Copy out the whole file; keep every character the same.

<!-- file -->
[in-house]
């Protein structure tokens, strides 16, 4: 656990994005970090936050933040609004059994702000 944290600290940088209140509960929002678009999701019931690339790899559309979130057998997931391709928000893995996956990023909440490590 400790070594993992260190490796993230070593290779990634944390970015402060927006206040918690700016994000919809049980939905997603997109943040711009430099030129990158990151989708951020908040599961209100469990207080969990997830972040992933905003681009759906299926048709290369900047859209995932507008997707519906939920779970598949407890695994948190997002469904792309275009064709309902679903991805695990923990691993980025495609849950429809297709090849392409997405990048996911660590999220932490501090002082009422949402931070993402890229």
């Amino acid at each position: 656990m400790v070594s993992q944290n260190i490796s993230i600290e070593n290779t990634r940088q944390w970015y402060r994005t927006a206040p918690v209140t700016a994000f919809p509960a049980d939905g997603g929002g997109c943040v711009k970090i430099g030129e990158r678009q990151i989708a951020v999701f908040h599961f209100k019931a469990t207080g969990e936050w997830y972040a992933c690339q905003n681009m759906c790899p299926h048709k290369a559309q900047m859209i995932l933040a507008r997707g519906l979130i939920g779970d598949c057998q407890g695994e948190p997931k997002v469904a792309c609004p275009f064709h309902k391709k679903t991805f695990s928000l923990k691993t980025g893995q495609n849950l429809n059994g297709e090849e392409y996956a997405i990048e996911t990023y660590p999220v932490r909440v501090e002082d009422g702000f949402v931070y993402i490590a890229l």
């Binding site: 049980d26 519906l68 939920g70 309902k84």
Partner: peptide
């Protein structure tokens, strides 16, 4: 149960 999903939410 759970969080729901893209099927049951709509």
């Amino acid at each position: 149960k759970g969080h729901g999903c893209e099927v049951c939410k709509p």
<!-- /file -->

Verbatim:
[in-house]
């Protein structure tokens, strides 16, 4: 656990994005970090936050933040609004059994702000 944290600290940088209140509960929002678009999701019931690339790899559309979130057998997931391709928000893995996956990023909440490590 400790070594993992260190490796993230070593290779990634944390970015402060927006206040918690700016994000919809049980939905997603997109943040711009430099030129990158990151989708951020908040599961209100469990207080969990997830972040992933905003681009759906299926048709290369900047859209995932507008997707519906939920779970598949407890695994948190997002469904792309275009064709309902679903991805695990923990691993980025495609849950429809297709090849392409997405990048996911660590999220932490501090002082009422949402931070993402890229």
């Amino acid at each position: 656990m400790v070594s993992q944290n260190i490796s993230i600290e070593n290779t990634r940088q944390w970015y402060r994005t927006a206040p918690v209140t700016a994000f919809p509960a049980d939905g997603g929002g997109c943040v711009k970090i430099g030129e990158r678009q990151i989708a951020v999701f908040h599961f209100k019931a469990t207080g969990e936050w997830y972040a992933c690339q905003n681009m759906c790899p299926h048709k290369a559309q900047m859209i995932l933040a507008r997707g519906l979130i939920g779970d598949c057998q407890g695994e948190p997931k997002v469904a792309c609004p275009f064709h309902k391709k679903t991805f695990s928000l923990k691993t980025g893995q495609n849950l429809n059994g297709e090849e392409y996956a997405i990048e996911t990023y660590p999220v932490r909440v501090e002082d009422g702000f949402v931070y993402i490590a890229l």
């Binding site: 049980d26 519906l68 939920g70 309902k84």
Partner: peptide
């Protein structure tokens, strides 16, 4: 149960 999903939410 759970969080729901893209099927049951709509």
């Amino acid at each position: 149960k759970g969080h729901g999903c893209e099927v049951c939410k709509p």